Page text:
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Understanding your assignment

Research by Gregor Cresnar from the Noun Project

When your professor assigns a research assignment, it’s a good idea to read it right away and make sure you understand the instructions.

Make sure you know the requirements for your assignment’s...

  • Topic
  • Purpose
  • Audience
  • Length
  • Source types
  • Citation style

 If you’re not sure of any of these requirements, ask your professor.


Topic

What should my project (i.e. paper, presentation, podcast, etc.) be about? 

Your professor may ask you to pick your own topic under certain restrictions or guidelines. 

Examples of topic guidelines: 

  • Any topic covered in your textbook
  • Any two short stories read for class
  • Current issues in society

We’ll cover strategies for choosing a topic later in this module.


Purpose

What should my project do?

You may be asked to write a paper that does something, for example compares two related ideas or argues one side of a debate. 

Look for these words like this in your assignment:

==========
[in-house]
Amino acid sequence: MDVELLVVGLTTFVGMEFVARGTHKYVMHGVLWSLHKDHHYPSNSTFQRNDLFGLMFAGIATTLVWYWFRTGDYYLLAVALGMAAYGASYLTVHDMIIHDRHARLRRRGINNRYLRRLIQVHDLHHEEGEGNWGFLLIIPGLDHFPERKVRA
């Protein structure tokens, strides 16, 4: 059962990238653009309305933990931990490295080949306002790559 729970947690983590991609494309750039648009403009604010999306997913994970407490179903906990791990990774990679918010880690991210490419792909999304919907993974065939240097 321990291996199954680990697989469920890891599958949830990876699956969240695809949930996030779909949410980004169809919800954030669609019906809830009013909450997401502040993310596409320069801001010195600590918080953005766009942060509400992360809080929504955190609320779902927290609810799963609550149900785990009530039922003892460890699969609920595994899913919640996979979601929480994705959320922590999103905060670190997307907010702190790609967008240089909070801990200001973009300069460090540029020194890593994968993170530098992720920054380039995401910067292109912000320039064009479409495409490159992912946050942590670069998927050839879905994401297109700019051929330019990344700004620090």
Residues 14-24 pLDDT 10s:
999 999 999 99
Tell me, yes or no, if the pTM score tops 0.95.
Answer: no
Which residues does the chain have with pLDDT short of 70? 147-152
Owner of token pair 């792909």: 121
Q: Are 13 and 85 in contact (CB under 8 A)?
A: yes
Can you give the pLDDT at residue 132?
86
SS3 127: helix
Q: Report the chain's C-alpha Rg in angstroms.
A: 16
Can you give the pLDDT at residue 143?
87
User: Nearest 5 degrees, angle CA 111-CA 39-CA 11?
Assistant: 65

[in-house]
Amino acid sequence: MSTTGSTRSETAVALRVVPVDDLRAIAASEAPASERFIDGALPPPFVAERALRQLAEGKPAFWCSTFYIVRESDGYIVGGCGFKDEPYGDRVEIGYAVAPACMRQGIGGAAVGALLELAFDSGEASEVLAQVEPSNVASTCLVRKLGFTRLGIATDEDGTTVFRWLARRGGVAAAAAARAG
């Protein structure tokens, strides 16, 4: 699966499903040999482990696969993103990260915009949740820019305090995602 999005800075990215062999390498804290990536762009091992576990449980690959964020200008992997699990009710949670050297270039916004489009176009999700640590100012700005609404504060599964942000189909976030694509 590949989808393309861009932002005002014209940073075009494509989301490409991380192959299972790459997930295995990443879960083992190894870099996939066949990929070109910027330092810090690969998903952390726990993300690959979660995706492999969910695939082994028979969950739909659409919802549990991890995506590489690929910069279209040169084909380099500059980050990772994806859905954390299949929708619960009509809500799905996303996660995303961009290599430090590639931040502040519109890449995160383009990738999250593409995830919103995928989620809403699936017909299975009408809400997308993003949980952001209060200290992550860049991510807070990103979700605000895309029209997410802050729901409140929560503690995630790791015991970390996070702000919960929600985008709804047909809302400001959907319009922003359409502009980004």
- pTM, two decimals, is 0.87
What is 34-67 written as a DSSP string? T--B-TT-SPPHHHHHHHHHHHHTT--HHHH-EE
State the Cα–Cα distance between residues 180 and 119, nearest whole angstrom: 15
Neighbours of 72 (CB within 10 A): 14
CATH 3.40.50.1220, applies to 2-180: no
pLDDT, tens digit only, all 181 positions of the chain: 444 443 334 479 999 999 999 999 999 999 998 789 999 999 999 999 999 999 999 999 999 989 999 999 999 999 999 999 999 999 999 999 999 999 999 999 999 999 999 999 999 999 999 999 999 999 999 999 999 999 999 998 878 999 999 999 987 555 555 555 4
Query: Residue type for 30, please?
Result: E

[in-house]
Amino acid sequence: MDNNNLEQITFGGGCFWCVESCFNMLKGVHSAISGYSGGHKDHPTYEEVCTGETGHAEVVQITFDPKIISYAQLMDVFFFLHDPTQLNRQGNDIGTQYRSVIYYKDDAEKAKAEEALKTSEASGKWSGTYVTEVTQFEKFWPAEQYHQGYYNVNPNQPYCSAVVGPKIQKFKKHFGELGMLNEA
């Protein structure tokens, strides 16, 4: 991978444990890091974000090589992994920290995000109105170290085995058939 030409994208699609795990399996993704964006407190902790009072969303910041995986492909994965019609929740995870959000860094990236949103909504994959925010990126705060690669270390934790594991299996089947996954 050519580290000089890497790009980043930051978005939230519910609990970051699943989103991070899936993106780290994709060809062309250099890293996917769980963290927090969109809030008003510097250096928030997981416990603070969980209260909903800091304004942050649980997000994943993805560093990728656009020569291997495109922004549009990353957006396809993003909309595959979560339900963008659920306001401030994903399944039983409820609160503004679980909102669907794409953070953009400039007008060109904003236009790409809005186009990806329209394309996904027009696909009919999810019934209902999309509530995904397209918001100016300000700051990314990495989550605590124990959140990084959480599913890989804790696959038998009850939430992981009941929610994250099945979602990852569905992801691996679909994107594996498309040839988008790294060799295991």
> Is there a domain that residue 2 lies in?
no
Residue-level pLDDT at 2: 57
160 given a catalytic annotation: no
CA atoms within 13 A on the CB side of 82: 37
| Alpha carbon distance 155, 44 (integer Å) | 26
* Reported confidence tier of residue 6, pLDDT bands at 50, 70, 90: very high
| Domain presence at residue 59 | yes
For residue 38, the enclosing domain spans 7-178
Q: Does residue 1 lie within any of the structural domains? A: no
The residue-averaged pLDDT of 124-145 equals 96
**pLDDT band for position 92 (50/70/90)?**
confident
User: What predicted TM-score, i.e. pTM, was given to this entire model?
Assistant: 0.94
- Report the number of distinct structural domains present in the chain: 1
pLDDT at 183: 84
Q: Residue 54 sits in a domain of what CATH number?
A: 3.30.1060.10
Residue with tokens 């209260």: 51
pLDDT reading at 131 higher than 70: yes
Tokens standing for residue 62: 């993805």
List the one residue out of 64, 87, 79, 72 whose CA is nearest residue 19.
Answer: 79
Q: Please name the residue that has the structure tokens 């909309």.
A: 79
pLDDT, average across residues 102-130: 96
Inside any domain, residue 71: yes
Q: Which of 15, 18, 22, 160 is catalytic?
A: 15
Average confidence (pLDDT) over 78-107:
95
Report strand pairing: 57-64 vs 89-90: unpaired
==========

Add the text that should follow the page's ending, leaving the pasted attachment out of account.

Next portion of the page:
• Compare and contrast
  • Analyze
  • Discuss
  • Argue
  • Debate
  • Evaluate

It can be tempting to summarize your topic, but instructions like these require you to read your sources critically to support your argument.


Audience

Who is the intended reader, viewer, listener, consumer of my project? 

Your audience could be:

  • An educated lay person (i.e. someone who is well read but has no particular expertise in your topic)
  • A group of fellow students
  • The entire college community
  • Other

The sources you pick and your writing style may differ depending on your audience.


Length

How long should my project be?

This will help you determine how broad or narrow to make your research question and how in-depth your research needs to be.


Source types

What types of sources are required?

Some professors require a number and mix of source types, for example 3-5 articles from a library database.

Some types of sources include:

  • Scholarly, peer-reviewed articles
  • Encyclopedia entries
  • Magazine and newspaper articles
  • Books
  • Websites

You’ll learn more about finding sources in Module 3: Finding Sources.


Citation style

What formatting and citation style should I use?

Examples:

  • APA (American Psychological Association)
  • MLA (Modern Language Association)
  • Chicago (Chicago Manual of Style)

If your professor doesn’t require a specific citation style, pick one and use it consistently.

More about citation styles in Module 6: Citing sources.


Image: Research by Gregor Cresnar from the Noun Project